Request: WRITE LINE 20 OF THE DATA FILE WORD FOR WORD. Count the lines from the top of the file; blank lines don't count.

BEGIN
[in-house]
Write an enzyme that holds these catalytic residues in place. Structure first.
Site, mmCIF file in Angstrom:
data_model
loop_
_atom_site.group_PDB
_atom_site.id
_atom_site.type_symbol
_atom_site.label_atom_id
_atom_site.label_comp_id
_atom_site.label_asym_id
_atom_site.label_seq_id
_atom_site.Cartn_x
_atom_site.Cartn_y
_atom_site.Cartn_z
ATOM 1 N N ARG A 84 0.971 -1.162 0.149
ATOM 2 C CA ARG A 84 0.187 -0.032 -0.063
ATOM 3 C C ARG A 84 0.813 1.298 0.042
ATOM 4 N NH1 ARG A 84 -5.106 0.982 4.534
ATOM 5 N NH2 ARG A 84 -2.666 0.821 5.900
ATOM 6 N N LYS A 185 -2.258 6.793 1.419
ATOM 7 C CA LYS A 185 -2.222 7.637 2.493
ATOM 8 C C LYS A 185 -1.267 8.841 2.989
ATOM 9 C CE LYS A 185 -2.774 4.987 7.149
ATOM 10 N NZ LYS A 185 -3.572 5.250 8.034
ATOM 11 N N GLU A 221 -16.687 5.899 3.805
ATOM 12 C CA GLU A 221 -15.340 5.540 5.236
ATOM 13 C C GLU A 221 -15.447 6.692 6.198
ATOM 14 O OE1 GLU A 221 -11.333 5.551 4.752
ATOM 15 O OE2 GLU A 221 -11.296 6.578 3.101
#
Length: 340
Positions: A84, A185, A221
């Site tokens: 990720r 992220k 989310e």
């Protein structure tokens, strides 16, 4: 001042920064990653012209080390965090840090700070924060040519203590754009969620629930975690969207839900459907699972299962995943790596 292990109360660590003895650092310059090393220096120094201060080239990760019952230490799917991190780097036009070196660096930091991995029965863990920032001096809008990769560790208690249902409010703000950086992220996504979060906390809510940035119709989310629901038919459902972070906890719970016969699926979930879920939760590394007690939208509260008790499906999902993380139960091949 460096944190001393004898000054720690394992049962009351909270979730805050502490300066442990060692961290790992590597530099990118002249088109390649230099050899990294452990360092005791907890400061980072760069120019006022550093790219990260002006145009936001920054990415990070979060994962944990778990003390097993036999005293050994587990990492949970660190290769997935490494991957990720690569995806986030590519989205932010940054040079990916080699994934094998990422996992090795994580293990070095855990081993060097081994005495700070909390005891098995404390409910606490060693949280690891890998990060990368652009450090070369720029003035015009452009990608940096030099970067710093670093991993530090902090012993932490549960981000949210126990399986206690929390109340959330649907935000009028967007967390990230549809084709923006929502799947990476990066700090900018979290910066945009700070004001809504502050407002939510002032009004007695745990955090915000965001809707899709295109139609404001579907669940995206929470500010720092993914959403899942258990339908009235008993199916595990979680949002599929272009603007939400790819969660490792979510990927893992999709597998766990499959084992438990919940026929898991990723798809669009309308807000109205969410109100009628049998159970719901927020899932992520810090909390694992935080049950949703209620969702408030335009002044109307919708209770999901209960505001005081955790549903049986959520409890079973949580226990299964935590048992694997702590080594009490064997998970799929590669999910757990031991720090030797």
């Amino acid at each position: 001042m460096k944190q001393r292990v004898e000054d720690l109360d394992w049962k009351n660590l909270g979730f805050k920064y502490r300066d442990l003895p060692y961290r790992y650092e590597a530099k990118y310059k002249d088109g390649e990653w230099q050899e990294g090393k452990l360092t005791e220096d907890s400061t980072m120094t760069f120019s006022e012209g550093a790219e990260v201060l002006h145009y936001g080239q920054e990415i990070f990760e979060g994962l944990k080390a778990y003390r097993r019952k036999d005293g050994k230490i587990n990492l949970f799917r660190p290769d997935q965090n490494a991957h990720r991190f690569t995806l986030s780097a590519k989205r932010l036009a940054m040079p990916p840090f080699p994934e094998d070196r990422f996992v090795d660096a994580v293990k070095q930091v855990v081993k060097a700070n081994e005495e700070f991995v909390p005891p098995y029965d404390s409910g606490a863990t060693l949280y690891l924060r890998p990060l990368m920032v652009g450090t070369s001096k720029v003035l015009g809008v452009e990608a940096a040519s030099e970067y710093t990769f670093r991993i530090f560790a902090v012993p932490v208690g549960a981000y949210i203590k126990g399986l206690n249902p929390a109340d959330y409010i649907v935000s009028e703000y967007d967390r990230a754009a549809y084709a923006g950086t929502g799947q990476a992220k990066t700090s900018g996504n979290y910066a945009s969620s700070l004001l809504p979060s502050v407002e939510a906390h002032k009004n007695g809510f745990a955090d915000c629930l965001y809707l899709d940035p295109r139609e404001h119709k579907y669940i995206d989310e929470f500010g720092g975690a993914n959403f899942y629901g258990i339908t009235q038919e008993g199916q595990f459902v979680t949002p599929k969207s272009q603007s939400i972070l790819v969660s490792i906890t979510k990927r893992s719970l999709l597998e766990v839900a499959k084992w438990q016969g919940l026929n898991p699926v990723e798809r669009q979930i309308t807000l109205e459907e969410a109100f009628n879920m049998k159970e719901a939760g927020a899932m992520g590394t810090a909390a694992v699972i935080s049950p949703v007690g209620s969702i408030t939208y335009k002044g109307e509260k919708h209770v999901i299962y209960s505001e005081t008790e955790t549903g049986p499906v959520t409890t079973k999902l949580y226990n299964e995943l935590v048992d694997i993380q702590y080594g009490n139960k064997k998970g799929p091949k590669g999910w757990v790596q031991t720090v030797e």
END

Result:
ATOM 5 N NH2 ARG A 84 -2.666 0.821 5.900